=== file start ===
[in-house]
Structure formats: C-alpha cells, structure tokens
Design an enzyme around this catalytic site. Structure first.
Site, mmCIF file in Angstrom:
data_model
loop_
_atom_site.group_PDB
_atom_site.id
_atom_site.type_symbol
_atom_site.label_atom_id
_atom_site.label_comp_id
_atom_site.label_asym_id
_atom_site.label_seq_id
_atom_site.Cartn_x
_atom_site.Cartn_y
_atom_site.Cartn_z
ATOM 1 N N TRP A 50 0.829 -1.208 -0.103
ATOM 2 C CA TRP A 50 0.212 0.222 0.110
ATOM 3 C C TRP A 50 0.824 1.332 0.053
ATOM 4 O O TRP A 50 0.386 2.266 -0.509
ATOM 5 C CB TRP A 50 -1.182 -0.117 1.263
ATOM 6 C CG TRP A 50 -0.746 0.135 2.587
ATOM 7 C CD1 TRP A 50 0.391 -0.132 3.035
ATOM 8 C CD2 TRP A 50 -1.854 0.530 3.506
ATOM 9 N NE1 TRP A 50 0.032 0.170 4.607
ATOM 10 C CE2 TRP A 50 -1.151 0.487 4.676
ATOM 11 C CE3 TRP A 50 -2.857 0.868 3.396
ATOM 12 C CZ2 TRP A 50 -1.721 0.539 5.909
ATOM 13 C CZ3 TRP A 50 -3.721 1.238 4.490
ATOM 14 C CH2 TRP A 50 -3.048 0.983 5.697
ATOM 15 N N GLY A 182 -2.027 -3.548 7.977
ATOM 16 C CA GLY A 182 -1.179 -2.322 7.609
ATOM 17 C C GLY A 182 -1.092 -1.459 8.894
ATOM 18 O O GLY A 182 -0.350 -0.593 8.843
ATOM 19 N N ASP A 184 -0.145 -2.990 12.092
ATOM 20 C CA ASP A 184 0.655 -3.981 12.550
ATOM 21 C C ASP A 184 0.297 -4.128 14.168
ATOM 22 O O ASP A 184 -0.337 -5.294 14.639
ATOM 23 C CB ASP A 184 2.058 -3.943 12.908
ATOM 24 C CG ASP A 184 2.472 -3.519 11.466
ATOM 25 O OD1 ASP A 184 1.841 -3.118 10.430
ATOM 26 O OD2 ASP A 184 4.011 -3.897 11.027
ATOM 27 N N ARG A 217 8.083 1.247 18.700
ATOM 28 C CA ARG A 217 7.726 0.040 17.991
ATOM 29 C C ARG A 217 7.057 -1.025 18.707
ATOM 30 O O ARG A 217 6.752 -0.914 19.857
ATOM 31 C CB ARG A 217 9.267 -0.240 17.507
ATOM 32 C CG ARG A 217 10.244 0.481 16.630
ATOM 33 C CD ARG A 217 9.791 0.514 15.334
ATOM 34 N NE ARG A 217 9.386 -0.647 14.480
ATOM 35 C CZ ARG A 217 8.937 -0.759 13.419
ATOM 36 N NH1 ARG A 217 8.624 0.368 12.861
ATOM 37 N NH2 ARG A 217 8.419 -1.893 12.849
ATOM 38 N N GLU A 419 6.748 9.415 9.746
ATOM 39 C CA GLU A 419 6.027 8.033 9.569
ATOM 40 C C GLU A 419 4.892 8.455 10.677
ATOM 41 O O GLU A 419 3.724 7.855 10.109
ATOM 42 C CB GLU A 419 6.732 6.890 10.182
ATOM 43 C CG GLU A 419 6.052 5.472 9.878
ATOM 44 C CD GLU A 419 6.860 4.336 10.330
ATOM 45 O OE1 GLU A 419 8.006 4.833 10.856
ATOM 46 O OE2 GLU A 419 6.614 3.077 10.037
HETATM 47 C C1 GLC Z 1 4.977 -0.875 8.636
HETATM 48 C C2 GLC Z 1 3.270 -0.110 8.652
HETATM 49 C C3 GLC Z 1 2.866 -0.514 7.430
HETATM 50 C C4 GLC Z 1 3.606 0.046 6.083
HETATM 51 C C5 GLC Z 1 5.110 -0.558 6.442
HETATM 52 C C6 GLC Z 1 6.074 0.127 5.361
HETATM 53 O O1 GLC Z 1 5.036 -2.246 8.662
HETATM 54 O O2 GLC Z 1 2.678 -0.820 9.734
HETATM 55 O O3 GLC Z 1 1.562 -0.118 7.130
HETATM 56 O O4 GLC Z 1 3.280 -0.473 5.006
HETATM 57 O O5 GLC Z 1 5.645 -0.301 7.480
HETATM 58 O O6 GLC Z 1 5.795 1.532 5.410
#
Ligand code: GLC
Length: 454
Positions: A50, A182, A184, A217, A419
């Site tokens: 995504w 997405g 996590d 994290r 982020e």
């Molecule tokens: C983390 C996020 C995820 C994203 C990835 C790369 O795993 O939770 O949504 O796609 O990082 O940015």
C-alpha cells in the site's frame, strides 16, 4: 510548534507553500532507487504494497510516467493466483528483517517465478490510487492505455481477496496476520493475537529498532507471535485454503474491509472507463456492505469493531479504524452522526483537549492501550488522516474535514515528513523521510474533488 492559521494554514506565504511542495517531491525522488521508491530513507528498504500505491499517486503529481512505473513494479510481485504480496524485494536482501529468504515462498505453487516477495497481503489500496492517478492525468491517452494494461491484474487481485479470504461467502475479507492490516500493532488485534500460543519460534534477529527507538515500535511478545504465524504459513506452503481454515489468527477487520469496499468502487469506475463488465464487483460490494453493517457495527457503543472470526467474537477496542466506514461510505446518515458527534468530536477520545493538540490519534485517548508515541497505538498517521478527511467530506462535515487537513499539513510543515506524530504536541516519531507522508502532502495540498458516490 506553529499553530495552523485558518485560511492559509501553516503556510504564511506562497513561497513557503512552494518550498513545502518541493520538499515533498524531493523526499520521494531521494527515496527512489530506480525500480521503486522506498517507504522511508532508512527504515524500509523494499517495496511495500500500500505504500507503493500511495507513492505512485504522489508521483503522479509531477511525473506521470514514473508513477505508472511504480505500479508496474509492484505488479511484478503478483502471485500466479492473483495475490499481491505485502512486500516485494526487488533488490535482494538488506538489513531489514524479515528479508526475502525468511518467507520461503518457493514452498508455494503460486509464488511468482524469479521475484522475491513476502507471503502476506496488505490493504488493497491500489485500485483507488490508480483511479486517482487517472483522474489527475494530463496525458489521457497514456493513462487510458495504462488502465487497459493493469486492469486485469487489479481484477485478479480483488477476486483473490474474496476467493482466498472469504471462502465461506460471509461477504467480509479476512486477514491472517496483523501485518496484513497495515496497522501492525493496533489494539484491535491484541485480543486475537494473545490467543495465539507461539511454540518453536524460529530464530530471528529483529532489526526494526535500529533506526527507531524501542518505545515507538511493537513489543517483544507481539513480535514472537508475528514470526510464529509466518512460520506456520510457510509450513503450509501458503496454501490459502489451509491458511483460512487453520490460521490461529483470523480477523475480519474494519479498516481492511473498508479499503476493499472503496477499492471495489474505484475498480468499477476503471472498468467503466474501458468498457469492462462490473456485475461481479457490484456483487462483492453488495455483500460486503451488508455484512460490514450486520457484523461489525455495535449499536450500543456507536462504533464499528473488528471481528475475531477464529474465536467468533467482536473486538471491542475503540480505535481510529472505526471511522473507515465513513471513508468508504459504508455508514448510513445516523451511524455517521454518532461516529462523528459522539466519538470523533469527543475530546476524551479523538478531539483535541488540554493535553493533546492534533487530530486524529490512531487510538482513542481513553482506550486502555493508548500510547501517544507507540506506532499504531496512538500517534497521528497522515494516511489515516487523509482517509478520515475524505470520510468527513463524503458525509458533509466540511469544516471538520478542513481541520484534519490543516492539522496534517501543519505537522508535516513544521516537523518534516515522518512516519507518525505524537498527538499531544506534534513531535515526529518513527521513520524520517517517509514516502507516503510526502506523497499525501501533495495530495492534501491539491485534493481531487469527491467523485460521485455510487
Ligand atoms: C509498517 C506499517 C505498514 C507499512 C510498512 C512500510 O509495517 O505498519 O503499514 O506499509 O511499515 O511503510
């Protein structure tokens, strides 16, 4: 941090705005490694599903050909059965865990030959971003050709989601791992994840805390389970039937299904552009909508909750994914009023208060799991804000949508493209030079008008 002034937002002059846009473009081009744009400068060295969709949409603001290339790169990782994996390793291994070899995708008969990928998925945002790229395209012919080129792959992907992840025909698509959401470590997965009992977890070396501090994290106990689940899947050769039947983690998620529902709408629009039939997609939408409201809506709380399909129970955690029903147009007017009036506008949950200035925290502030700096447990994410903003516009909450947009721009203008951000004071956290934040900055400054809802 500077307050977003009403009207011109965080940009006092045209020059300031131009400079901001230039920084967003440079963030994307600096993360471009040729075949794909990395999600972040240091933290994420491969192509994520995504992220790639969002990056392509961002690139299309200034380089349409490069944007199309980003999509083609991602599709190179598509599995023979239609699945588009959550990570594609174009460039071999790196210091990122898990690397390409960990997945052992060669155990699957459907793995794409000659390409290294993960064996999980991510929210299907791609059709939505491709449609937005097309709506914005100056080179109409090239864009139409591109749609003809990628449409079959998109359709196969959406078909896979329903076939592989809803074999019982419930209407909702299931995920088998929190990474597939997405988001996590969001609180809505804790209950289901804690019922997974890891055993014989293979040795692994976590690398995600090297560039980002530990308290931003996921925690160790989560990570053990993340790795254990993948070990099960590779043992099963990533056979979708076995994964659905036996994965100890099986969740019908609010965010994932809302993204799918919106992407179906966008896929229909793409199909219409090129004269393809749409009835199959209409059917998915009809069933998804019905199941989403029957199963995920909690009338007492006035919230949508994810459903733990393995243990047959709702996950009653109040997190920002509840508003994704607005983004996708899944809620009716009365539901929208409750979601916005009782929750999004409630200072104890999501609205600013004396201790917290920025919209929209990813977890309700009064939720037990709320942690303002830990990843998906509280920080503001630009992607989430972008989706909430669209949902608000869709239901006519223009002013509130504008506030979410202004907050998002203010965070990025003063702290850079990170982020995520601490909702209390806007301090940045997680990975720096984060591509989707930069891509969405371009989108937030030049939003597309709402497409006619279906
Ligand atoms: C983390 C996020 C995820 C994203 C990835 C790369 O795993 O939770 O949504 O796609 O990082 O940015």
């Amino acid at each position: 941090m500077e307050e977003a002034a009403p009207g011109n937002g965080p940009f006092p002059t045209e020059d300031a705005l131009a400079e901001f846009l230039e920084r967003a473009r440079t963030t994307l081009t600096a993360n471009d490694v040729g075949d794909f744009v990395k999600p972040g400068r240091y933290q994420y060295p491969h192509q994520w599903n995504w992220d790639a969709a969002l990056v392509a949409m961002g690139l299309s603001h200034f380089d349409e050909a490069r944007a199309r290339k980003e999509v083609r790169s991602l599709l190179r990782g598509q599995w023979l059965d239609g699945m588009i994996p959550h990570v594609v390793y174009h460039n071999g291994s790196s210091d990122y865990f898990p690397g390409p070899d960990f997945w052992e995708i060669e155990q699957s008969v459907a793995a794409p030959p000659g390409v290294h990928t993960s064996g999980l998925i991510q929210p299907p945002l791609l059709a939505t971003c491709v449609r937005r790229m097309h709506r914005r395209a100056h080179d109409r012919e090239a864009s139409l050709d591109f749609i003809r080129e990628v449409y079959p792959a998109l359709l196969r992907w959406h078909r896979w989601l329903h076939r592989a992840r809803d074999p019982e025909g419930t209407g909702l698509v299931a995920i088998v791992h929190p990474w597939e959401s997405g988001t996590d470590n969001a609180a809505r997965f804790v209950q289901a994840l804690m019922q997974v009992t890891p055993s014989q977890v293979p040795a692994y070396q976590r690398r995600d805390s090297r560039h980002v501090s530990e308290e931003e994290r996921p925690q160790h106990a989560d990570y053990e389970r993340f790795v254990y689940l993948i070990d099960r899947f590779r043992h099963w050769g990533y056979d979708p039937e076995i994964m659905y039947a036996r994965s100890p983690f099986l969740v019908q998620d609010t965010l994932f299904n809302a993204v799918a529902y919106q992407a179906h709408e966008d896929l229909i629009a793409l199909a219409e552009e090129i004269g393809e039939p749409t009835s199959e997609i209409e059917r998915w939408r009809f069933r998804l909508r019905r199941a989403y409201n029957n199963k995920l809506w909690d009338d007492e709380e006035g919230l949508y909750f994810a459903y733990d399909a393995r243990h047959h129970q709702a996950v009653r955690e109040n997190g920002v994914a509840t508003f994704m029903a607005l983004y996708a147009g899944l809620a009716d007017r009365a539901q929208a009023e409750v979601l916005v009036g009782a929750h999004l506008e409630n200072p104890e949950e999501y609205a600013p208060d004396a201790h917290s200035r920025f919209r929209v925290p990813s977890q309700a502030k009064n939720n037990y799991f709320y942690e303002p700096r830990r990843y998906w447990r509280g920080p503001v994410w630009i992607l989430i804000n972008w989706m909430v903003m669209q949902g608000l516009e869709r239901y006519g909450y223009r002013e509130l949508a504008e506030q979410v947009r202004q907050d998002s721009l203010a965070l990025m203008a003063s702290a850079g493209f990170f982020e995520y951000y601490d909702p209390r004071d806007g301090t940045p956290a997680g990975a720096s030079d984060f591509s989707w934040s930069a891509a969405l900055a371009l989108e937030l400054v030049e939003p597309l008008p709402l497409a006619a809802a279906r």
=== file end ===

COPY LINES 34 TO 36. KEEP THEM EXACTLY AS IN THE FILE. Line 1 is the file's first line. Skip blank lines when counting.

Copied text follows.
ATOM 18 O O GLY A 182 -0.350 -0.593 8.843
ATOM 19 N N ASP A 184 -0.145 -2.990 12.092
ATOM 20 C CA ASP A 184 0.655 -3.981 12.550